Friday, 25 October 2019

This Is How Americans Celebrated Halloween In The Early 20th Century

While it's always been a little spooky and a lot of fun, Halloween has'’t always looked the way it does now. Dressing up and carving pumpkins has always been a part of the American tradition, but it's only recently that elaborate costumes, organized trick-or-treating, and haunted mazes have become a thing. There are a lot of different traditions that made up Halloween in the early 20th century, many of which began regionally but have since bled into the rest of the country. Some of them have only been slightly altered, while other have disappeared altogether. Let's get spooky. 

Most people made their Halloween costumes by hand

source: youtube
Today, you can just pop on down to your local costume shop or Halloween store to buy whatever costume your heart desires, be it a sexy gremlin or a masked slasher. Until the late 1940s, however, pickings were decidedly slimmer. Leaving aside the fact that Halloween was still somewhere between Mardi Gras and Arbor Day on the list of significant holidays, there was a war on, for Pete's sake. They couldn't go around wasting valuable material so you could look like a dumb ghost. Rather than purchase a Halloween costume, trick-or-treaters had to create their own costumes out of whatever was handy, be it papier-mâché or muslin. Some of the earliest mass-produced costumes were made by companies like A.S. Fishbach and Ben Cooper.

Paper Halloween decorations were popularized in the 1920s

source: pinterest
Today, families combine their love of decorating with their hatred of their neighbors by arranging mutilated dummies, foam spiders, and all other manner of terror in their front yards. The race to create elaborate nightmarescapes began in the 1920s with the release of a line of party goods by the Pennsylvania-based Beistle Company.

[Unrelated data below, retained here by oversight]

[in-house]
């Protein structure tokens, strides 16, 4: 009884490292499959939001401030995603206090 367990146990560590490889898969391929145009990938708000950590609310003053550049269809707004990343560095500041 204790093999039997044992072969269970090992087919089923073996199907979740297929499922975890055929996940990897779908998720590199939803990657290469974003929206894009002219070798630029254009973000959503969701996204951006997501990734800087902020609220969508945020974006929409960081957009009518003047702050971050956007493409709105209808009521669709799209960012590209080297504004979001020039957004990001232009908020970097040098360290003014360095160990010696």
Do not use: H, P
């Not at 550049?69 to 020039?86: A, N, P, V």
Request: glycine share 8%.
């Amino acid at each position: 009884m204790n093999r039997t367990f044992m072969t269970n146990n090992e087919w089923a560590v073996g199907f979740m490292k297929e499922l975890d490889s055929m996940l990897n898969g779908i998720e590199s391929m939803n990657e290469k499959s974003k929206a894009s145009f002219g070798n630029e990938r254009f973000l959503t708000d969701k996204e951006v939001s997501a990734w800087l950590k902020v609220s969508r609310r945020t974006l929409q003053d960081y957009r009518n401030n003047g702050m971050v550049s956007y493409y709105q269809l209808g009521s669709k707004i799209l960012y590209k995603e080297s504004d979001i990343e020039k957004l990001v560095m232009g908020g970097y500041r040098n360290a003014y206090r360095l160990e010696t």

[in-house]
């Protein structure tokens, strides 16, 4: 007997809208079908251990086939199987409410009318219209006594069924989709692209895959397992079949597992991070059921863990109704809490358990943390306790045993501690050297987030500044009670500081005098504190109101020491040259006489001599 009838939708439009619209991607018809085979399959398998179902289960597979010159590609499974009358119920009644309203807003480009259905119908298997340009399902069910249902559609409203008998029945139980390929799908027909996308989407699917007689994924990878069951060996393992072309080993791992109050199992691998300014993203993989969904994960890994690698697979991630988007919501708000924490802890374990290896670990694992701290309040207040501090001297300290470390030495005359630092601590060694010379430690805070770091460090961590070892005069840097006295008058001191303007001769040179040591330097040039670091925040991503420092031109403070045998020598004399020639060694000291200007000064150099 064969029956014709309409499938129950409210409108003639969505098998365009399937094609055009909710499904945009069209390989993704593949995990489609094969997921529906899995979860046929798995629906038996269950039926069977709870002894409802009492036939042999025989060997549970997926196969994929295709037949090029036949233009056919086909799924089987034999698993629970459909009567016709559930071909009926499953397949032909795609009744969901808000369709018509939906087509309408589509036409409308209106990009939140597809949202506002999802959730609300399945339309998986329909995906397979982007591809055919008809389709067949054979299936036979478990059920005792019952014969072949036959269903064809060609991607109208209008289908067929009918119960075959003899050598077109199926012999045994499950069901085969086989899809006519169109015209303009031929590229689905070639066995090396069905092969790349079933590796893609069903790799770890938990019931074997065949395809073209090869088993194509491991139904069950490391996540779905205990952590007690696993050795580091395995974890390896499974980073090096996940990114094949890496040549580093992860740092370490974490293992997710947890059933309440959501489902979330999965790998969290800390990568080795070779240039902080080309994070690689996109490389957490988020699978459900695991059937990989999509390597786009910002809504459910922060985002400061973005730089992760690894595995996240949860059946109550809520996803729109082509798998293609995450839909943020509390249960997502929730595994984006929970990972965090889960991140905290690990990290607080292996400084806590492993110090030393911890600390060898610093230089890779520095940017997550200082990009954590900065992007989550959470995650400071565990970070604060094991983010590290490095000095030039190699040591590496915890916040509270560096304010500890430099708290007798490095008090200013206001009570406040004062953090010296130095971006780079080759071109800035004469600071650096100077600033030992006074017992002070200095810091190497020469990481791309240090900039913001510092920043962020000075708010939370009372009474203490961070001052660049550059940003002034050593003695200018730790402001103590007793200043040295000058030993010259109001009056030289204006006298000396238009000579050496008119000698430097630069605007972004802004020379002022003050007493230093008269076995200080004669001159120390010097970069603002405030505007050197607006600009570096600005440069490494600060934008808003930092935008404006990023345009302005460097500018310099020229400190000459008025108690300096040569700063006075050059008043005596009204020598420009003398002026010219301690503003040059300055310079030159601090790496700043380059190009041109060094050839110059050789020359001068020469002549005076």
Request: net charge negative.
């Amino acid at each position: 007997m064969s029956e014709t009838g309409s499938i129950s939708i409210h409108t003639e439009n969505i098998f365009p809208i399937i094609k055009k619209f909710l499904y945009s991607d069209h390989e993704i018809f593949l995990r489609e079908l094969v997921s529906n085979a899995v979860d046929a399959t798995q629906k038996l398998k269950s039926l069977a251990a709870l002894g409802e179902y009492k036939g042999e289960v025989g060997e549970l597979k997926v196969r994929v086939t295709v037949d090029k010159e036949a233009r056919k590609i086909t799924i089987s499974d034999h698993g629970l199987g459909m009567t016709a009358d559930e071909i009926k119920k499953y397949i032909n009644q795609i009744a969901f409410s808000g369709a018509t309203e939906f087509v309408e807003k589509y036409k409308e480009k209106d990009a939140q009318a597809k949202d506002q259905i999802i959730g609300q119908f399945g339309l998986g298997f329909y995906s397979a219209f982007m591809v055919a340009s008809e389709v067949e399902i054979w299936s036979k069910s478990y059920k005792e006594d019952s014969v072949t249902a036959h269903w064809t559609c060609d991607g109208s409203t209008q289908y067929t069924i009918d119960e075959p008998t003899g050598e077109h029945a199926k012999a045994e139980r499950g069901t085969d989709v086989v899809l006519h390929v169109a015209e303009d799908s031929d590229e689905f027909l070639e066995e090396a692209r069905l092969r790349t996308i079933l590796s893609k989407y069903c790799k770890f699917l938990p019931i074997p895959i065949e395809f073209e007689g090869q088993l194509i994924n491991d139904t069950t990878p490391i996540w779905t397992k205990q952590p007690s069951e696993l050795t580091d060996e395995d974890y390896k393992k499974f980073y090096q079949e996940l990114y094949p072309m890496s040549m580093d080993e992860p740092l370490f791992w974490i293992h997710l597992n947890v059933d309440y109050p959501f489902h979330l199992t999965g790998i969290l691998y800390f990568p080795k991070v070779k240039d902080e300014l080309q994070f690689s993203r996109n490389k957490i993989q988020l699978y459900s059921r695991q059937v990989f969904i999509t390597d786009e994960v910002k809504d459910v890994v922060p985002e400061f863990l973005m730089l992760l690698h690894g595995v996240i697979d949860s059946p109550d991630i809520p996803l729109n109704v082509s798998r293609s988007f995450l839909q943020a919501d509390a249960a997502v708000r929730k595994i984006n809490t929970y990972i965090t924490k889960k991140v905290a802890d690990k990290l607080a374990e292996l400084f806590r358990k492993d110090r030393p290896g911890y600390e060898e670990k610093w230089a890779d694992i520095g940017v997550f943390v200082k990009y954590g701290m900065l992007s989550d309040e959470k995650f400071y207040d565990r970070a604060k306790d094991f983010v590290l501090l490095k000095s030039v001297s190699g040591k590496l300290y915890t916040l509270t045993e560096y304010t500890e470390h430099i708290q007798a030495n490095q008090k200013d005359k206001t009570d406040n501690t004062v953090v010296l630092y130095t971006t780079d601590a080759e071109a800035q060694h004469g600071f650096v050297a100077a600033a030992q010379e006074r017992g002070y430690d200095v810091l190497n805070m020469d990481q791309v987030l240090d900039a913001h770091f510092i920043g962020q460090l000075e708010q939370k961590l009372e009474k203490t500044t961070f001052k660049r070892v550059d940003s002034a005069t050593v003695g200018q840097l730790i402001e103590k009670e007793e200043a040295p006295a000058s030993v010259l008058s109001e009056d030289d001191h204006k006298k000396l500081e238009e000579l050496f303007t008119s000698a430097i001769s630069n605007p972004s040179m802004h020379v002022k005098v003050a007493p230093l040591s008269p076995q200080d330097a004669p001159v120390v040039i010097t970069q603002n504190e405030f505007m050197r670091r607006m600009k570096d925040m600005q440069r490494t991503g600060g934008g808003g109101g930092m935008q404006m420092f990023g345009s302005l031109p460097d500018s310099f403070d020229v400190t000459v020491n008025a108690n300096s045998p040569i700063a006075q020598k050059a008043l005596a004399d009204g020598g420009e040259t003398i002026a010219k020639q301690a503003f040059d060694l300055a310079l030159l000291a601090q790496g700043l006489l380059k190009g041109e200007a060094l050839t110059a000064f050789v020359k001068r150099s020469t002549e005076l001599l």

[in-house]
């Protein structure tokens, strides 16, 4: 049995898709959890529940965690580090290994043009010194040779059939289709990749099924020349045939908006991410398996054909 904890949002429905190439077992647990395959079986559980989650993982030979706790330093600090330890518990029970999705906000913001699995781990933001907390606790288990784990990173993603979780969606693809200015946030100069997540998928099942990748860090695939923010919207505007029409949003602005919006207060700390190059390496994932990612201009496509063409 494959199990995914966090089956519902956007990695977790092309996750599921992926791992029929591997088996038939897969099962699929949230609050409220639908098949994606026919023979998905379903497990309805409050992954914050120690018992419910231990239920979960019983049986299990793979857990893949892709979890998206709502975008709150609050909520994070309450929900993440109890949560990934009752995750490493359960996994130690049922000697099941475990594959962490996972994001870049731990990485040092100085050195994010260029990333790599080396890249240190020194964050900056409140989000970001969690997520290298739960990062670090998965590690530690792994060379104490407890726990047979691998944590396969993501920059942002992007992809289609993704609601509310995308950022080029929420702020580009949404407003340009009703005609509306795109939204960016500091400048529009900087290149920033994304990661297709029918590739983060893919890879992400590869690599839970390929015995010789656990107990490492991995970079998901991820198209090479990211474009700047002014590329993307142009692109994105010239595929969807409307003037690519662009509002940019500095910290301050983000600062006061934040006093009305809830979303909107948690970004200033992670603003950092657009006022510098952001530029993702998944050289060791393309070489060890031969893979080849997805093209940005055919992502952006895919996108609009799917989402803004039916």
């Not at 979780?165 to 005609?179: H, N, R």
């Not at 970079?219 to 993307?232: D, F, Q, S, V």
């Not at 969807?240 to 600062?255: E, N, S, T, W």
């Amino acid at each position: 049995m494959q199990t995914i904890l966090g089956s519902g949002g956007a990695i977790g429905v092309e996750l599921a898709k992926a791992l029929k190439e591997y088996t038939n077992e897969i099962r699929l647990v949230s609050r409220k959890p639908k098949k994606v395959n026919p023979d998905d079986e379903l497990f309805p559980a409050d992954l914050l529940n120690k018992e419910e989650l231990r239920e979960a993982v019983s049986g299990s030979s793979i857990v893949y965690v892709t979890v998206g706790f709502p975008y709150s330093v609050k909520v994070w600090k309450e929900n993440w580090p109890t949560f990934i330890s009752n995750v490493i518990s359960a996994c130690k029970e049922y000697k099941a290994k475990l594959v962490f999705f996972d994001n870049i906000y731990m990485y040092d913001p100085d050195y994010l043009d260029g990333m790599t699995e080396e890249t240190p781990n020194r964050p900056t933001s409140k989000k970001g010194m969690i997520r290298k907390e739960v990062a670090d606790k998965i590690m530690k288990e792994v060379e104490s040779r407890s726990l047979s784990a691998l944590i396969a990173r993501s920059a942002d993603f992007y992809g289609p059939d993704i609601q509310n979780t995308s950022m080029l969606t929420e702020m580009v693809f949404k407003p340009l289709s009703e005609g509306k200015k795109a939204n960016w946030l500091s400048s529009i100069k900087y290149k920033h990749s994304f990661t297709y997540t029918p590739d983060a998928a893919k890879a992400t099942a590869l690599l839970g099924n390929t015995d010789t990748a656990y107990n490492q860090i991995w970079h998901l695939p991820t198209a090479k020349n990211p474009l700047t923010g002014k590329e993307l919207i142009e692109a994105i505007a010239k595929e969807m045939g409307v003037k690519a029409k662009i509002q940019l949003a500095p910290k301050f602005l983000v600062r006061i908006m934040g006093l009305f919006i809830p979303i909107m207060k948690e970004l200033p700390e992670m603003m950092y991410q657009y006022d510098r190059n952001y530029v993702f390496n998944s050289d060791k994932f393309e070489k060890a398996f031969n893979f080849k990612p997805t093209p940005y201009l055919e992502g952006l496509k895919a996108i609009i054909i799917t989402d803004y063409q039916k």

As Halloween parties moved into the home, Beistle's paper cats, cauldrons, and witches became an annual tradition that let homemakers decorate their houses with spooky, card-stock creations. The early decorations would still be eye-catching additions to any Halloween party.

Bobbing for apples

source: blogspot
One Halloween tradition that's faded from many modern celebrations is bobbing for apples, a simple game in which guests dunk their heads into a vat of apples floating in water and attempt to grab a piece of fruit with their teeth. In some versions of the game, partygoers' hands are tied behind their backs before they chomp into apples tied to a string.
Bobbing for apples didn't start as a Halloween tradition. It was actually part of the courting process in Europe hundreds of years ago. The practice eventually died out everywhere except for Ireland, where it became a part of Celtic fall traditions. When the Irish and Scottish immigrated to America in the early 20th century, they brought this tradition (along with many others) with them. Unfortunately, the practice has all but disappeared from modern Halloween celebrations.

The pumpkin parade stick

source: pinterest